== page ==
points skyward. The mullet is a fish that can make a rapid
switch from salt water to fresh water by making a chemical
change in its body that science has yet to understand. It
leaves the Gulf of Mexico and swims up the shallow bayous
each year to spawn.

During the third weekend in October, the friendly people of
Niceville hold a festival to show the rest of the world
just how tasty mullet can be. The Boggy Bayou Boys-a local
sportsmen’s club-fix the mullet in two very appealing ways.
The fried is the most popular, and it’s easy to know why.
They head the fish, split them open, and remove the bones.
Then they butterfly the fillets, dust them faintly with a
mixture of flour and cornmeal, and fry them in vegetable
oil. The fish emerges virtually greaseless and very crisp,
especially around the edges. It’s served either with just
hush puppies, or on a platter with cheese grits, beans, and
hush puppies.

The smoked mullet has also been headed, cleaned, and boned.
It’s then sprinkled with lemon juice, Worcester shire
sauce, and melted butter. The fish is given a “heat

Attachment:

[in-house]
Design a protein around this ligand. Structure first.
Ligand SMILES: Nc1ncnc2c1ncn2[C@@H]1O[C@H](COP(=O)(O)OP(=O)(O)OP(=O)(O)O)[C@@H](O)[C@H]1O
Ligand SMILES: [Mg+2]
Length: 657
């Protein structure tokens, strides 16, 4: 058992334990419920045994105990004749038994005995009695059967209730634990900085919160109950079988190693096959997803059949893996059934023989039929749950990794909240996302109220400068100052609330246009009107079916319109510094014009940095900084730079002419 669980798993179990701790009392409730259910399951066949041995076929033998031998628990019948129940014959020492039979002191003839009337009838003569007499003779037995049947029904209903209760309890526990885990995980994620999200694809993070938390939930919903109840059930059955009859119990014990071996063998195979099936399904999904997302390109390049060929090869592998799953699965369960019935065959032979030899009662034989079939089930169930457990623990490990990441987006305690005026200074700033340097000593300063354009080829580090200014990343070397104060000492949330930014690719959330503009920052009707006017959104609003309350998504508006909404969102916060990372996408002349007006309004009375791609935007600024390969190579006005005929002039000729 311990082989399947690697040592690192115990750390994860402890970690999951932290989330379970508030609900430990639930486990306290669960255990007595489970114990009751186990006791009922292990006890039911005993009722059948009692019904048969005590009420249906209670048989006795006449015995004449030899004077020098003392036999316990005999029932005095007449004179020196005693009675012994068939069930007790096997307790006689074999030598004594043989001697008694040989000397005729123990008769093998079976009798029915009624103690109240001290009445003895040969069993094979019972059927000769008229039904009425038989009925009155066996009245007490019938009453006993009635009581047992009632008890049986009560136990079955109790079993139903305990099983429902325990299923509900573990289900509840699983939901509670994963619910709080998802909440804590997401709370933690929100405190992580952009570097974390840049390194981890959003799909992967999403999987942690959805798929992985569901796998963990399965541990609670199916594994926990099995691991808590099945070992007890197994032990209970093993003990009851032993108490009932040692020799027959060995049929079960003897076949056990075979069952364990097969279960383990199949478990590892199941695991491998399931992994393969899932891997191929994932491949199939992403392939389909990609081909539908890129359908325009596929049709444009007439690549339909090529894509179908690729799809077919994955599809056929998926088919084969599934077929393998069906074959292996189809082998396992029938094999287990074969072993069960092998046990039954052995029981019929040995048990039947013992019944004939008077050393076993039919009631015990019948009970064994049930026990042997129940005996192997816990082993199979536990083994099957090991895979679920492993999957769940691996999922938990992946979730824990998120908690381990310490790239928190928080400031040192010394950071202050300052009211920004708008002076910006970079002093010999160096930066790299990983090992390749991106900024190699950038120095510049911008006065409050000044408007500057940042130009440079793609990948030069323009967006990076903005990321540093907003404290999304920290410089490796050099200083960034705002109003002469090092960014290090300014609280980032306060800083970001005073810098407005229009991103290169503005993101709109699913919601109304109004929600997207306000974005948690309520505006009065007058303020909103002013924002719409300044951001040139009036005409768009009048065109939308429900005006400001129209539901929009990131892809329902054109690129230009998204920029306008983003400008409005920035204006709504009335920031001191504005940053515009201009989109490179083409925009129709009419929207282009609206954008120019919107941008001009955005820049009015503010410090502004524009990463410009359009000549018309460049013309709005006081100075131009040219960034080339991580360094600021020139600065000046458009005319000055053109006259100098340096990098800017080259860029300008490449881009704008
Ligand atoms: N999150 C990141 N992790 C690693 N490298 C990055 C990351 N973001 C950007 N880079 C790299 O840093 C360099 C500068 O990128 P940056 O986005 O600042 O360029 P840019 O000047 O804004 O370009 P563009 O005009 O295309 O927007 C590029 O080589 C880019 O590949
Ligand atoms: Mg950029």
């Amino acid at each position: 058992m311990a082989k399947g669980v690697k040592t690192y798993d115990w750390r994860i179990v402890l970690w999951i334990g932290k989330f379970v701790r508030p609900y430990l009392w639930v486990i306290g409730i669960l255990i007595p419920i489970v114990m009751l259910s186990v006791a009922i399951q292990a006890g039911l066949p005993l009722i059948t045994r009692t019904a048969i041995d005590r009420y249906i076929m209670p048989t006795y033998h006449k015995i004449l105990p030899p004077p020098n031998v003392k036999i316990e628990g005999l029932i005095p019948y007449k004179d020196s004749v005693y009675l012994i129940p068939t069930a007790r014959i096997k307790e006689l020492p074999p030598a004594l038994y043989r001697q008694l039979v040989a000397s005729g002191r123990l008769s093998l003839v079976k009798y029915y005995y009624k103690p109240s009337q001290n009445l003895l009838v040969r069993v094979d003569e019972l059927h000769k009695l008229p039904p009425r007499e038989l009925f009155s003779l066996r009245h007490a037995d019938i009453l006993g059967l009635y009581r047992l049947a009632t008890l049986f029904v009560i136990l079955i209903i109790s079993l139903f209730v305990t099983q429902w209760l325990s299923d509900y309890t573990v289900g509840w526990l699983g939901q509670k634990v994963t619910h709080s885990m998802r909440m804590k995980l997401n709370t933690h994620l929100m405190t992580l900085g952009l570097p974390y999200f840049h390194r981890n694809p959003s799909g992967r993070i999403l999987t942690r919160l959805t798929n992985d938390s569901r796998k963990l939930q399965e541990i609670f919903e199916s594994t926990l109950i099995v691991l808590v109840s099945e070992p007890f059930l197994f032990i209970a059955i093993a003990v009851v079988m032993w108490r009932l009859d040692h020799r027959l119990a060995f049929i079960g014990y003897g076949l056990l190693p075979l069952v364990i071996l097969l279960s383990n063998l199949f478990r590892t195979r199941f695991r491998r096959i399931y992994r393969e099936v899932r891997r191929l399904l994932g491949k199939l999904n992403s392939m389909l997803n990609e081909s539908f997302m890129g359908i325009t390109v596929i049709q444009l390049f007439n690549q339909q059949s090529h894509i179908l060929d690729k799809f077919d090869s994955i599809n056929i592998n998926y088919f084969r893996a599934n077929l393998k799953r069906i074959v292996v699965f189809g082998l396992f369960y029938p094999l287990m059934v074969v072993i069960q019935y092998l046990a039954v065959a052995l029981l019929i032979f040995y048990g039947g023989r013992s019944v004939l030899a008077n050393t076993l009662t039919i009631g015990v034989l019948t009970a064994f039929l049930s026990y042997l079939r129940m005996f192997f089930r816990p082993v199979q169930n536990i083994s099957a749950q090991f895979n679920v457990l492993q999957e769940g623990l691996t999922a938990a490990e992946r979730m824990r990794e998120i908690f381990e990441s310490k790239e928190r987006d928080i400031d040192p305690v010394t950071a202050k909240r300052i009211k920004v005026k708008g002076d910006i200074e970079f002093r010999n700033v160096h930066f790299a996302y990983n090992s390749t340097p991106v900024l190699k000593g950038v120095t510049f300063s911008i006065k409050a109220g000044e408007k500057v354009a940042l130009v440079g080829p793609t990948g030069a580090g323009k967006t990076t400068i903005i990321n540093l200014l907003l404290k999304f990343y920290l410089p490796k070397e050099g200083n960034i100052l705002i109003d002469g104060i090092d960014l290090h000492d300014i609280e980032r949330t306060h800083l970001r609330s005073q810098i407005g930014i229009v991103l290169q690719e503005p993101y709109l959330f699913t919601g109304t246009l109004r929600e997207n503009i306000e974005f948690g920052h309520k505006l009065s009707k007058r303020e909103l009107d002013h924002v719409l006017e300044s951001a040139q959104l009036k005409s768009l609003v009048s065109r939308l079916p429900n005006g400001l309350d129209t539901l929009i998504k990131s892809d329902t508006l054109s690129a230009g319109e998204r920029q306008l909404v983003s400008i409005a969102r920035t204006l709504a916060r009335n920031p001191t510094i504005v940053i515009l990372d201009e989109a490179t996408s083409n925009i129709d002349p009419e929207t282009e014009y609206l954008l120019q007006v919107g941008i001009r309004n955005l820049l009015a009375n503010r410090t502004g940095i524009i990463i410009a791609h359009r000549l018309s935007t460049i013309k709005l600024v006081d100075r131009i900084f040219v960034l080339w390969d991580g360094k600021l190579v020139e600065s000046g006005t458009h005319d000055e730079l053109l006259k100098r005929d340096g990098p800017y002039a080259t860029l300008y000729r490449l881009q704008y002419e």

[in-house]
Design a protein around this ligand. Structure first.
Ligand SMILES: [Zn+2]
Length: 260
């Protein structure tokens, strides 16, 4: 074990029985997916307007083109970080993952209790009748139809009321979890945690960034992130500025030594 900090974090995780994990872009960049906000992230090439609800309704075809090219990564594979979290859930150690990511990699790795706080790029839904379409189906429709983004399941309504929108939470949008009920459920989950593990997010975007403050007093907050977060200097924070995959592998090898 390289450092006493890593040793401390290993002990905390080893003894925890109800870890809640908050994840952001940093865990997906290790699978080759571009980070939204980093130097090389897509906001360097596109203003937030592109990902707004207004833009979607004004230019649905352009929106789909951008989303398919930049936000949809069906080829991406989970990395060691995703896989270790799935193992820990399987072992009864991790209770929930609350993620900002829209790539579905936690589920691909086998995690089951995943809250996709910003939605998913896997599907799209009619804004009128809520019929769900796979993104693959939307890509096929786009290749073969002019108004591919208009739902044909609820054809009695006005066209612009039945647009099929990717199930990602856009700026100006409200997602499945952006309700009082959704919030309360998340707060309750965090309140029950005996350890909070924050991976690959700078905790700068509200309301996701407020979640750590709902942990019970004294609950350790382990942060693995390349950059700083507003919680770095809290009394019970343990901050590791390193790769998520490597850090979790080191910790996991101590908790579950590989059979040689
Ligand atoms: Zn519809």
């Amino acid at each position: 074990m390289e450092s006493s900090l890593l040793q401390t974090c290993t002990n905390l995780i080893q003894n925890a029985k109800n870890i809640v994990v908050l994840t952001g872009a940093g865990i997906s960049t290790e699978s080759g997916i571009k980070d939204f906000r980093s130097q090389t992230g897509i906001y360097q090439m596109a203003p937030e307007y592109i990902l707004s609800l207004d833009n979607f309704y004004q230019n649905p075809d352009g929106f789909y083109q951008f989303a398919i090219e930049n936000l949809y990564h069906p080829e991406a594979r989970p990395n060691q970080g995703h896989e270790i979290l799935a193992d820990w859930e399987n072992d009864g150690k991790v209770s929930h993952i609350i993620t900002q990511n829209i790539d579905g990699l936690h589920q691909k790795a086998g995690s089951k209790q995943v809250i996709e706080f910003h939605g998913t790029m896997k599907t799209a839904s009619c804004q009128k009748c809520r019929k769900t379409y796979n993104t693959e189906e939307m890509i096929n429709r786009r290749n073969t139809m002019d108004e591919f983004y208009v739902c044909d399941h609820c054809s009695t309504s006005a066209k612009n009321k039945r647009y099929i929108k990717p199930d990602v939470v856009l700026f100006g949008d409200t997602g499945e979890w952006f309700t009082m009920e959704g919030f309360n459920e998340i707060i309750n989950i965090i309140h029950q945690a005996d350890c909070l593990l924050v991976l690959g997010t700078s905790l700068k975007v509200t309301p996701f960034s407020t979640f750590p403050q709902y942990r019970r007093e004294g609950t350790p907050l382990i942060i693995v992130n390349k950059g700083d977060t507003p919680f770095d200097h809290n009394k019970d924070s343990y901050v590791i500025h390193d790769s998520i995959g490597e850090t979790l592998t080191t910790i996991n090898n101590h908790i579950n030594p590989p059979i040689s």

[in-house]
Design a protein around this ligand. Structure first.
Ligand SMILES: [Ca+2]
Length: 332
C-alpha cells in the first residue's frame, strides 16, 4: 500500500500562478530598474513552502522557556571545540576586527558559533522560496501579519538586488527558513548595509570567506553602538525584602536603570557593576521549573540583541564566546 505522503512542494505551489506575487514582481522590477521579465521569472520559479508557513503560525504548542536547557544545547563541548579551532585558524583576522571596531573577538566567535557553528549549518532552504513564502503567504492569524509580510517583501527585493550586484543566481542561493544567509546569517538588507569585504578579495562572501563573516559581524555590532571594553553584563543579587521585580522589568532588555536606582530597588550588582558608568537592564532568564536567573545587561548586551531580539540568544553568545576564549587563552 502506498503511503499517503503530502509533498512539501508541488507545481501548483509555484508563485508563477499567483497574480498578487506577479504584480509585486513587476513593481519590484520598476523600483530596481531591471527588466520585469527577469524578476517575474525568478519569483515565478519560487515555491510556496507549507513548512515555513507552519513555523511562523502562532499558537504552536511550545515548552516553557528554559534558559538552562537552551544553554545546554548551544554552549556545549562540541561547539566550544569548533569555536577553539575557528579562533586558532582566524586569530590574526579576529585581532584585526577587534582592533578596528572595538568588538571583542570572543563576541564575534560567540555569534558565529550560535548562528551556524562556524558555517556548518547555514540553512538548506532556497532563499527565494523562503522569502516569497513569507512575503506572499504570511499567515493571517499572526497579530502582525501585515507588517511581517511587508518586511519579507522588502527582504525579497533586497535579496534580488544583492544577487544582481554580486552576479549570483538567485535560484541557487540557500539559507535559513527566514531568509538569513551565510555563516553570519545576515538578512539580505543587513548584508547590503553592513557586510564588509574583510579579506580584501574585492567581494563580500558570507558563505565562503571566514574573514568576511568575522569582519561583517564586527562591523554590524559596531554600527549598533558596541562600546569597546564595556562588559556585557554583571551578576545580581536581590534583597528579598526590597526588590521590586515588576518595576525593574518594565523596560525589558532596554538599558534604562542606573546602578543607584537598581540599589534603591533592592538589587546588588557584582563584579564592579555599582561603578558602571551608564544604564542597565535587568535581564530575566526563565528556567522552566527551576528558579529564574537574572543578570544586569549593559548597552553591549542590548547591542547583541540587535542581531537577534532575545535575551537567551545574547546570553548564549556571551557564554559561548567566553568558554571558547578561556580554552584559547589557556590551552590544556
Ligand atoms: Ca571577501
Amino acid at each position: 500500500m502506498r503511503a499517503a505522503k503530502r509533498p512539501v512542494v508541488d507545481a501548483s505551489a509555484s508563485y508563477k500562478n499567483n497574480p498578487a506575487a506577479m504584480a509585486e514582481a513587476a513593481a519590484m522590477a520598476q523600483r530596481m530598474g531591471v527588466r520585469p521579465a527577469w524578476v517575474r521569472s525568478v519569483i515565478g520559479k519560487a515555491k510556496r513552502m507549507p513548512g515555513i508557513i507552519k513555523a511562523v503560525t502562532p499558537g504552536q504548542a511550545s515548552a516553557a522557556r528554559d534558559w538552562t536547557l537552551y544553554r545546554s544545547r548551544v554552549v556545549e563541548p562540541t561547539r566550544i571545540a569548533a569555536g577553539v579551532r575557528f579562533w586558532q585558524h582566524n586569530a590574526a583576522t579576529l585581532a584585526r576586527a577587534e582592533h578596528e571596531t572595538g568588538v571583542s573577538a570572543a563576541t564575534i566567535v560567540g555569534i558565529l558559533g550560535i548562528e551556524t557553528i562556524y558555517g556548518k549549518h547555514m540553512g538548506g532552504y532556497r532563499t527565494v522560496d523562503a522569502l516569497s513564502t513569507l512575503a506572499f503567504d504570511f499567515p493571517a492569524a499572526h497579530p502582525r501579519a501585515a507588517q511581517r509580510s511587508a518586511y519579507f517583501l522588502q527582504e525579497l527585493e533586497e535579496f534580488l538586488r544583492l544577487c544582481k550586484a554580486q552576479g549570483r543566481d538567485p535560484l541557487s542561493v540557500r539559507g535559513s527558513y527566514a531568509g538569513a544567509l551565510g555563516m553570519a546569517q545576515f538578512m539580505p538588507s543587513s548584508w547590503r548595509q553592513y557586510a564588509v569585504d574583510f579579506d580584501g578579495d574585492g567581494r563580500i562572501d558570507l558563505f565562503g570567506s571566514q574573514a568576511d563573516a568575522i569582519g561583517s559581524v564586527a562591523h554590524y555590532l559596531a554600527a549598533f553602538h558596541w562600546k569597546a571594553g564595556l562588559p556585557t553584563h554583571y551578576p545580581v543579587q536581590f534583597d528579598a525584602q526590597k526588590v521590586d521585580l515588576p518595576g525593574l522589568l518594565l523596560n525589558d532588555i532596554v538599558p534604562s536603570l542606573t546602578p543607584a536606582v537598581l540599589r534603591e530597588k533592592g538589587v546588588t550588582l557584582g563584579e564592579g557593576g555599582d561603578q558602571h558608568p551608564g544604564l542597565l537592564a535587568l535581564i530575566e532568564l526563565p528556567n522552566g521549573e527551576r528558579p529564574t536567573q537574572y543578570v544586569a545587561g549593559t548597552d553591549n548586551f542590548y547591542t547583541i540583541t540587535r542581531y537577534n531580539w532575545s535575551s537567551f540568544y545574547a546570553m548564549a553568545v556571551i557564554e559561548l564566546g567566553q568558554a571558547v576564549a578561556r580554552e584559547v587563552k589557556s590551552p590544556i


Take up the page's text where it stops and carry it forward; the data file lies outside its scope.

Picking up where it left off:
smoke” — more a combination of smoking an
cooking — for an hour to an hour an a half. When the
fish starts to change color, the cooks baste it with more
the lemon juice mixture. The mull; finishes up as a very
moist, light smoked fish — not at all salty, because it
hasn’t been cured first.

Although thousands of people a tend this festival each
year, a comfort able, small-town feeling prevails. Giant live
oaks shade the crafts booths and food stalls, and there are
large round tables placed conveniently near the food booths.
On stage, there is a bang-up performance by the Golden Eagle
the high school band — so large it must include the
entire school population The other entertainment include
country music, clogging, jazz, and rock. This is a festival
without any rides, but with the usual beauty pageant, foot
race, and evening dance.

The Boggy Bayou Mullet Festival held the third weekend in
October in Niceville, Florida. A fried mullet plat runs
about $3 (no admission charge

Niceville is about 60 miles east Pensacola; take Route 85
south or 1-10. For more information, write call Boggy Bayou
Mullet Festival, Inc. Niceville, FL.

EDITORS NOTE: This article is excerpted from the book Food
Festival by Alice M. Geffen and Carole Berglie, copyright
© 1986 by Alice M. Geffen and Carole Berglie and
reprinted wit the permission of Pantheon Books, division of
Random House, Inc. The book is available for $9.95 plus $l.00 shipping from Random House, Westminster, MD.